|Flappy Bird||February 4, 2014, 8:07 am|
So, it's a mobile game on top of the charts, an endless runner in which you tap to fly a bird through pipes. It's all the rage right now, as every journalist tries to jump on the clickbait train making their own articles about it.
Everyone seems to be wondering what makes it a success, whether the popularity is organic or engineered. Journalists, as they are prone to do in their attempts to one-up each other, go on grand theories about game design and business, about the addictiveness, player masochism and social media or praising the simplicity. Commenters, as usual trying to act like sophisticated intellectuals above the unwashed masses, spew their bile on the graphics ripped off other games and the state of the industry in general.
Gave it a go two days ago... and I found it enjoyable, which is not something I can say about a lot of mobile games I've tried. The interesting thing being, I can see the reasons I like this game are also some of the reasons I like Doom, and nobody seems to bring up these reasons in this great public quest for answers.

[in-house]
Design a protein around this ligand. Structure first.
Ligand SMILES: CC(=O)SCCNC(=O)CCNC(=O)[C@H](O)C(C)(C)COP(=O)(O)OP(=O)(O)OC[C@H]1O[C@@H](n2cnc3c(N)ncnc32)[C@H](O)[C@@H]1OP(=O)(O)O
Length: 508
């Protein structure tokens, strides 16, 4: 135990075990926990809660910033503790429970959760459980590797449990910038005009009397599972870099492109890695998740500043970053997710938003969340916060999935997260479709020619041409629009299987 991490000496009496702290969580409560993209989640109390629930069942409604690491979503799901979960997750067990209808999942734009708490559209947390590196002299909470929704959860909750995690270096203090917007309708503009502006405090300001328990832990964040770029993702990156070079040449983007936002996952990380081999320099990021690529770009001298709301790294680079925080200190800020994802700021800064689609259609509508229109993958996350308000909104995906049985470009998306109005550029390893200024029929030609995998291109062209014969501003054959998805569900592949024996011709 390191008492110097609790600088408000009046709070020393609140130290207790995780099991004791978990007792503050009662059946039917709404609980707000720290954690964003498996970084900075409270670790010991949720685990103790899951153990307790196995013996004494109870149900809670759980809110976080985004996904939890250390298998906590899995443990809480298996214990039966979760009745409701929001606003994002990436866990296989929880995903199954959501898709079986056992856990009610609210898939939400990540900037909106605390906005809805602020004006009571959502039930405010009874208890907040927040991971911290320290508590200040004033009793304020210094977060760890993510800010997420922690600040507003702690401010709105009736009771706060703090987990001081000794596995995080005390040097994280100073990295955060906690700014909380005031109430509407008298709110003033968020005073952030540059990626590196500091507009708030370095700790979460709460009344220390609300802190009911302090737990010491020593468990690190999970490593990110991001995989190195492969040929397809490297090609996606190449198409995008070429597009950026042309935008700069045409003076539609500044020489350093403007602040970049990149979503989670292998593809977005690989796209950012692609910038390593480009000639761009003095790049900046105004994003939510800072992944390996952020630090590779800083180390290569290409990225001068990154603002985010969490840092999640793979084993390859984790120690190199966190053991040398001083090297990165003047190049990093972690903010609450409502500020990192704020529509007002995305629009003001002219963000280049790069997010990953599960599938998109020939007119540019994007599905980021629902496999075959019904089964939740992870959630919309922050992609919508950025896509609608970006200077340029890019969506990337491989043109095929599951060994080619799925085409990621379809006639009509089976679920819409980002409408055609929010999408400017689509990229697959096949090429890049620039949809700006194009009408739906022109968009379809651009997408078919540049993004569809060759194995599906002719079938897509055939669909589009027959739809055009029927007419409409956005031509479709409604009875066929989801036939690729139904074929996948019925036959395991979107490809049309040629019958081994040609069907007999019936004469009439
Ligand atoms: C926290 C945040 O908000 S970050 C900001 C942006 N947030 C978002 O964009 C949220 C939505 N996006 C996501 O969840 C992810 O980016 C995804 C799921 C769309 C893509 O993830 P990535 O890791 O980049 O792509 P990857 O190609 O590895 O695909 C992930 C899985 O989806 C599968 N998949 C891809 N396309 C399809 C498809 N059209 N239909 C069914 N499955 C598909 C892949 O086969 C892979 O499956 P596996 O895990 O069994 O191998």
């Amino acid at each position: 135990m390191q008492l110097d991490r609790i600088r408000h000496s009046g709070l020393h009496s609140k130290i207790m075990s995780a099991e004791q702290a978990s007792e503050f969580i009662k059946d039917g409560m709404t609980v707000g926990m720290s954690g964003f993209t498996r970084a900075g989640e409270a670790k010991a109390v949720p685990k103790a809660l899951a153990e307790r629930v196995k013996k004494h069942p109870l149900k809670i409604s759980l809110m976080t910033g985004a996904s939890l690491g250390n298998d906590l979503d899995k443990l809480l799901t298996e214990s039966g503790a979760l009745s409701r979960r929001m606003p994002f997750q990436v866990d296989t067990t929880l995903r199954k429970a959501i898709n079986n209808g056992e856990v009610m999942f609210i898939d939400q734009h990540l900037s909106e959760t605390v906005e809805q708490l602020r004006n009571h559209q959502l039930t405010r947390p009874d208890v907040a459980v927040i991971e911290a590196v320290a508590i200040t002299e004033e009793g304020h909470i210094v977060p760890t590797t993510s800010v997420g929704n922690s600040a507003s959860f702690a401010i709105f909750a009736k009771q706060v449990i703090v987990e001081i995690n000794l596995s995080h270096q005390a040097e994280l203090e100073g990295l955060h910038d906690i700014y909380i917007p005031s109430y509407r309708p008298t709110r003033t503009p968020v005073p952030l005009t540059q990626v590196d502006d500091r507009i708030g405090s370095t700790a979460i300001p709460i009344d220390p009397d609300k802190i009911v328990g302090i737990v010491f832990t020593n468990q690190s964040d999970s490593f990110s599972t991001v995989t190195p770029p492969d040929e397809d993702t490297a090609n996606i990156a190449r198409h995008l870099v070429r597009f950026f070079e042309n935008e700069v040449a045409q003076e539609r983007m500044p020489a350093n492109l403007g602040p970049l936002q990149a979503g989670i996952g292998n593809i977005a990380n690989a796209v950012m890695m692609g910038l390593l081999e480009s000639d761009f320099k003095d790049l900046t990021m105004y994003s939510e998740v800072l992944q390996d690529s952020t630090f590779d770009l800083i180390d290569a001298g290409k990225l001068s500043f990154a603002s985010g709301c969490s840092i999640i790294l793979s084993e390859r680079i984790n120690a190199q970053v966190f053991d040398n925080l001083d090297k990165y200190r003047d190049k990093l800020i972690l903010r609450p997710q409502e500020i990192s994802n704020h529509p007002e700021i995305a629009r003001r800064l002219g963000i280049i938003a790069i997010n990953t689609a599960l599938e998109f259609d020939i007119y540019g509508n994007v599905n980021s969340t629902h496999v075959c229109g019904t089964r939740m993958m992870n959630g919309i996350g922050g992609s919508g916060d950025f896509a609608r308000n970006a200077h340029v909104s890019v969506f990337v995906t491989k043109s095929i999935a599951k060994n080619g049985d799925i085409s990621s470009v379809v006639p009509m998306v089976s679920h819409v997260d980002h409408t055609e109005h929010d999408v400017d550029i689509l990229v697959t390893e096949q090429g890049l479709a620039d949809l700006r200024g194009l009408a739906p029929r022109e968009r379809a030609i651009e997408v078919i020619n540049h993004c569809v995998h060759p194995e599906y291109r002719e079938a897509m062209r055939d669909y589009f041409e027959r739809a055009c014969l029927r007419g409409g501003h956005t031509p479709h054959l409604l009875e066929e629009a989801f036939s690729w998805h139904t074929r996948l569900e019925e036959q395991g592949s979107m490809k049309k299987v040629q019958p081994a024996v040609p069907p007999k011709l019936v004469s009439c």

There's no downtime. You don't wait for endless loading screens, you don't wait while a cinematic plays, you don't wait following a NPC, you don't wait buying upgrades in a store. You just play. Once you die you can restart instantly.
It's reactive. There's no frame drops. You tap the screen or press a key and your character moves accordingly. It looks clean. There's no GFX soup getting between you and the information you need to have.
It presents me with a simple mechanical challenge that is satisfying in itself and rewarded statisfyingly. In Flappy Bird it's flying through pipes and getting an extra point + reward sound in that noiseless environment. In Doom it can be killing a monster, hearing his pain groan and seeing his death animation.
Of course there's much more to Doom than that. Flappy Bird has no depth, but nonetheless the above qualities are enough for me, for a mobile game. I pulled out my phone and had a 10-second game before writing the above paragraph. Literally, perhaps fifteen seconds including the time to pick up phone, press button, slide to app, open app, start playing and play. An unfortunately uncommon experience with mobile games. As a person who prizes reactiveness in all forms, I can't help but hope that particular aspect will be picked on eventually.